The old chieftain made a valiant effort. Summoning together his stoutest warriors he raided nearby tribes and brought home their cattle to replenish his failing herds, and for a while there was still fat meat on the spit. Then came a day when there were no cattle to be taken within a day's march, and Conn's neighbors became so savagely defensive it was hardly worth raiding them, since more men died than the tribe could spare. A tribe that means to support itself by raiding must have plenty of strong, healthy warriors.
And strong, healthy warriors have to have enough food to eat. In the spring it became obvious that the crops would be even worse than the year before. As if suffering under a curse, the land shrank in on itself and refused to yield.
"Is that it?" Conn demanded of his druid. "Are we cursed?"
"I think not, aside from the curse we have brought on ourselves by demanding too much for too long."
"You keep saying that, but it doesn't help anything!" Conn raged at him.
Hundred Battles stalked around his fortress, looking for something to kick. A lean hound slunk around the corner of a building, ears flattened against its skull. Every rib showed. At sight of Conn, the dog growled, for it had a bone it was not about to surrender to anyone.
The old chieftain lashed out with a savage foot and the hound yelped in pain.
At once, Connla Fiery Hair ran up, his eyes accusing. "Why did you kick my dog? He wasn't hurting you!"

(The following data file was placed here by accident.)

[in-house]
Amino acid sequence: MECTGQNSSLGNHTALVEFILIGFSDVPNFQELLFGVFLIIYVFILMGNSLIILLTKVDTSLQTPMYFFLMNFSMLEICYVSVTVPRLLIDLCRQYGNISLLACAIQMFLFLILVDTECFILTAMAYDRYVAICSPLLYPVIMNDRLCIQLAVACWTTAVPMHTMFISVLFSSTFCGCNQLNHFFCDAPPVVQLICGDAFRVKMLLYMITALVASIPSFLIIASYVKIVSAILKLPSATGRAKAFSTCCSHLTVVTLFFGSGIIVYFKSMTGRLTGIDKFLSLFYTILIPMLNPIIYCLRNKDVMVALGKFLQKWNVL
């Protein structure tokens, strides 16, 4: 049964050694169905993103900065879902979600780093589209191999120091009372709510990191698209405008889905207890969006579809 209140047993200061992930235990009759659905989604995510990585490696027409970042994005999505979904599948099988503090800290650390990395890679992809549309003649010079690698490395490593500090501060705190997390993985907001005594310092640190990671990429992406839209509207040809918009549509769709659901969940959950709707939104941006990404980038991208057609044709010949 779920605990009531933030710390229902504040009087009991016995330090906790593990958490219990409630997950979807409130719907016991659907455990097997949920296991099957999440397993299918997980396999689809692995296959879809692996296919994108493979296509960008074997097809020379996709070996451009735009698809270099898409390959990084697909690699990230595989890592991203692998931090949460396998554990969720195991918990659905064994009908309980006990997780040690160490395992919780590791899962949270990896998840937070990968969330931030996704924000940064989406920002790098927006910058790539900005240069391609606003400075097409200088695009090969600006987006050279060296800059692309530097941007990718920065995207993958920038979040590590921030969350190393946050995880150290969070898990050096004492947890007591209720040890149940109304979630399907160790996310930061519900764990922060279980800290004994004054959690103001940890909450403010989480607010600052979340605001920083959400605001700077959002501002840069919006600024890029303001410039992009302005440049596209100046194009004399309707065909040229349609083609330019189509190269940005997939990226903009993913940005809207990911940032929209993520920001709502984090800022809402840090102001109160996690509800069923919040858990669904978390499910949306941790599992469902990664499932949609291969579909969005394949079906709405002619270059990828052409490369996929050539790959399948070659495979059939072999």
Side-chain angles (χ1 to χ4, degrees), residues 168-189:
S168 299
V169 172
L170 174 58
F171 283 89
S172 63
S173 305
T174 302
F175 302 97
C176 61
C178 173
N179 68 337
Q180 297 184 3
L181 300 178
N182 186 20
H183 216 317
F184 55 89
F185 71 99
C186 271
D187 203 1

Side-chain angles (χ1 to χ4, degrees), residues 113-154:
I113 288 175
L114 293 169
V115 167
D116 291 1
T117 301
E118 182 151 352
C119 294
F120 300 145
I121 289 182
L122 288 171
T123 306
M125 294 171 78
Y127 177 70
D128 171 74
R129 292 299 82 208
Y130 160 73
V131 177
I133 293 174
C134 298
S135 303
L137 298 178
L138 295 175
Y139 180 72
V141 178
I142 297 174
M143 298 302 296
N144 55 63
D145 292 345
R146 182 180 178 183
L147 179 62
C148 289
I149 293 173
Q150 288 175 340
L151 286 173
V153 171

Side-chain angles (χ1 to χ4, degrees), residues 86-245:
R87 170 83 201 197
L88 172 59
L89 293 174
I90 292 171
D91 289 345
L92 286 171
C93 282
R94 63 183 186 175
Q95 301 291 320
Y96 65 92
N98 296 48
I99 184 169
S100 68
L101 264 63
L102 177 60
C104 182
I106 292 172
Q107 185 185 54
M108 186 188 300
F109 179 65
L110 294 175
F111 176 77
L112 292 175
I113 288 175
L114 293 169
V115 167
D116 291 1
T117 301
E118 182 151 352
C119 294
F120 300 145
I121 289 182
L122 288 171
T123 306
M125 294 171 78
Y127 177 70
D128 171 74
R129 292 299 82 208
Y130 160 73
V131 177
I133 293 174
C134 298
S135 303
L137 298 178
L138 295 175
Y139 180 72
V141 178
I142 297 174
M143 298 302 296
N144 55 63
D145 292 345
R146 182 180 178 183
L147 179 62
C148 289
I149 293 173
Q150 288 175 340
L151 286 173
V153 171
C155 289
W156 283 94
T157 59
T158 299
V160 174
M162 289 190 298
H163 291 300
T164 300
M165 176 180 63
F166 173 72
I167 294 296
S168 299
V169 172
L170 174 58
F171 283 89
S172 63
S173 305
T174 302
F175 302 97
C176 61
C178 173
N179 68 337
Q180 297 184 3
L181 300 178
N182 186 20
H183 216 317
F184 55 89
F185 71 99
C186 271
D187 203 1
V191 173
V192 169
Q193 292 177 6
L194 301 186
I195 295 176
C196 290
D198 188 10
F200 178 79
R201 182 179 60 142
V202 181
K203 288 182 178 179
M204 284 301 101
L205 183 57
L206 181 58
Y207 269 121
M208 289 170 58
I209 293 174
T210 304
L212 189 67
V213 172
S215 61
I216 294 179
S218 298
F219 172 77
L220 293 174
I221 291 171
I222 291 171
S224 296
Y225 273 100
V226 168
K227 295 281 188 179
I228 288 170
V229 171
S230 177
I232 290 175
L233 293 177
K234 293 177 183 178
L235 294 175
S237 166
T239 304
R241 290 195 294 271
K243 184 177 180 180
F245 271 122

"Oh, is that your dog? Then I suppose you are the one who gave him a perfectly good bone, eh? I tell you, no more bones to no more dogs. Any bones we have must be boiled until they fall apart in the pot and every drop of the soup drunk by people. Dogs will have to fend for themselves. Don't you dare let me catch you throwing the smallest uneaten scrap to that miserable animal." He stalked away, muttering indignantly under his breath.
The young man stared after his father. "But--but you always liked dogs," he said to the wind, since the old man was already out of earshot.
His hound crept up to him and pressed against his knee, trembling. He patted the silky head and played idly with its soft ears. "When did you start cowering?" he asked the animal. "You never used to do that." The dog whined.
Once poverty had made a breach in the walls it came in at the gallop. Traders arrived in summer, as was their custom, but the people of Conn of the Hundred Battles had very little to trade, and were not able to get in return the goods they were accustomed to having. They looked with envious eyes at the piles of linen and furs, the beautifully carved little wooden boxes of salt, the jars of spices. When they offered what little they had been able to produce, the traders sneered. "We can do better across the river," the traders said, packing up their goods and moving on.
By this time, Conn's senior wife had been a year in her bed and showed no signs of getting up. Unlike the rest of the tribe, she was getting fat--from long inactivity and because as senior wife she was entitled to the best of whatever food there was.